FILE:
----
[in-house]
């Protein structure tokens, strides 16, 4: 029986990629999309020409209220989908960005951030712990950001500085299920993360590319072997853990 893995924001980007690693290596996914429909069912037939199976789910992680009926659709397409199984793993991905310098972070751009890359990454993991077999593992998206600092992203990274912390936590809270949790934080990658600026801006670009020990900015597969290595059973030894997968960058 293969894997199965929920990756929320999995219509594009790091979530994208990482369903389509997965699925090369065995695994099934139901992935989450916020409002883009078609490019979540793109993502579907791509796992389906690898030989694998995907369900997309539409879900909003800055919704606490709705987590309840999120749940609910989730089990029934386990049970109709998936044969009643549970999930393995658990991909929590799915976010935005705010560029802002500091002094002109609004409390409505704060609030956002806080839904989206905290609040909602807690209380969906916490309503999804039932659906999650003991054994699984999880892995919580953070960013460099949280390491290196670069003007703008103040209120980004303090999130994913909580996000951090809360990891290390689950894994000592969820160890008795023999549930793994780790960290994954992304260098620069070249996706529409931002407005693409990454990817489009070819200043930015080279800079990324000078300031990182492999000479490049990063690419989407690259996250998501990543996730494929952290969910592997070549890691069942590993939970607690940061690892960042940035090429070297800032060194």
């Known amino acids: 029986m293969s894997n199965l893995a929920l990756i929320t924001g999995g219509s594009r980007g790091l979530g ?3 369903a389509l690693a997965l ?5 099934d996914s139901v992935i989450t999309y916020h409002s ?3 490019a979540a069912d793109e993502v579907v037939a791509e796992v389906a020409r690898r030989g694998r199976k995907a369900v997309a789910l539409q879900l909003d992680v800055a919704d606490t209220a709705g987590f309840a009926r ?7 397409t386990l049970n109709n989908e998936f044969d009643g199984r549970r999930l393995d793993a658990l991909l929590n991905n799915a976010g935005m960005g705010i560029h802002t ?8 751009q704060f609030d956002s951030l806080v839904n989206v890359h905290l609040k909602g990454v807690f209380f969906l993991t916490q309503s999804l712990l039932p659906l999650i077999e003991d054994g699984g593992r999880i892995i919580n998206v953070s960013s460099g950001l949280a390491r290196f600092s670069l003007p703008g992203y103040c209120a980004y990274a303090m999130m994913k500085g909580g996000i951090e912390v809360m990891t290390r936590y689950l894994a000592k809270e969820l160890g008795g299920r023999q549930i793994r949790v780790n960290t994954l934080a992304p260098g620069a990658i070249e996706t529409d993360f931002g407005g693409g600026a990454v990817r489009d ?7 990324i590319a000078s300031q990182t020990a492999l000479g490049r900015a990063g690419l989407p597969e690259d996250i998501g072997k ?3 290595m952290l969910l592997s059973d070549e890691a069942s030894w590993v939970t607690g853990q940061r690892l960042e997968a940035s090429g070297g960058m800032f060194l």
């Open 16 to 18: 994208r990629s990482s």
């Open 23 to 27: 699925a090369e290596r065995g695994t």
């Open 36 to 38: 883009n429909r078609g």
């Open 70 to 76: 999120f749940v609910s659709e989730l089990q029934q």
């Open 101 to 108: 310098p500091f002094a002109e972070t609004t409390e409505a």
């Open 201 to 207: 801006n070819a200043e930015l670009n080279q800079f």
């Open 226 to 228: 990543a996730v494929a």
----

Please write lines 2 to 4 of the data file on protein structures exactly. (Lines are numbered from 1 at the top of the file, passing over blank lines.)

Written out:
């Protein structure tokens, strides 16, 4: 029986990629999309020409209220989908960005951030712990950001500085299920993360590319072997853990 893995924001980007690693290596996914429909069912037939199976789910992680009926659709397409199984793993991905310098972070751009890359990454993991077999593992998206600092992203990274912390936590809270949790934080990658600026801006670009020990900015597969290595059973030894997968960058 293969894997199965929920990756929320999995219509594009790091979530994208990482369903389509997965699925090369065995695994099934139901992935989450916020409002883009078609490019979540793109993502579907791509796992389906690898030989694998995907369900997309539409879900909003800055919704606490709705987590309840999120749940609910989730089990029934386990049970109709998936044969009643549970999930393995658990991909929590799915976010935005705010560029802002500091002094002109609004409390409505704060609030956002806080839904989206905290609040909602807690209380969906916490309503999804039932659906999650003991054994699984999880892995919580953070960013460099949280390491290196670069003007703008103040209120980004303090999130994913909580996000951090809360990891290390689950894994000592969820160890008795023999549930793994780790960290994954992304260098620069070249996706529409931002407005693409990454990817489009070819200043930015080279800079990324000078300031990182492999000479490049990063690419989407690259996250998501990543996730494929952290969910592997070549890691069942590993939970607690940061690892960042940035090429070297800032060194």
């Known amino acids: 029986m293969s894997n199965l893995a929920l990756i929320t924001g999995g219509s594009r980007g790091l979530g ?3 369903a389509l690693a997965l ?5 099934d996914s139901v992935i989450t999309y916020h409002s ?3 490019a979540a069912d793109e993502v579907v037939a791509e796992v389906a020409r690898r030989g694998r199976k995907a369900v997309a789910l539409q879900l909003d992680v800055a919704d606490t209220a709705g987590f309840a009926r ?7 397409t386990l049970n109709n989908e998936f044969d009643g199984r549970r999930l393995d793993a658990l991909l929590n991905n799915a976010g935005m960005g705010i560029h802002t ?8 751009q704060f609030d956002s951030l806080v839904n989206v890359h905290l609040k909602g990454v807690f209380f969906l993991t916490q309503s999804l712990l039932p659906l999650i077999e003991d054994g699984g593992r999880i892995i919580n998206v953070s960013s460099g950001l949280a390491r290196f600092s670069l003007p703008g992203y103040c209120a980004y990274a303090m999130m994913k500085g909580g996000i951090e912390v809360m990891t290390r936590y689950l894994a000592k809270e969820l160890g008795g299920r023999q549930i793994r949790v780790n960290t994954l934080a992304p260098g620069a990658i070249e996706t529409d993360f931002g407005g693409g600026a990454v990817r489009d ?7 990324i590319a000078s300031q990182t020990a492999l000479g490049r900015a990063g690419l989407p597969e690259d996250i998501g072997k ?3 290595m952290l969910l592997s059973d070549e890691a069942s030894w590993v939970t607690g853990q940061r690892l960042e997968a940035s090429g070297g960058m800032f060194l």
């Open 16 to 18: 994208r990629s990482s």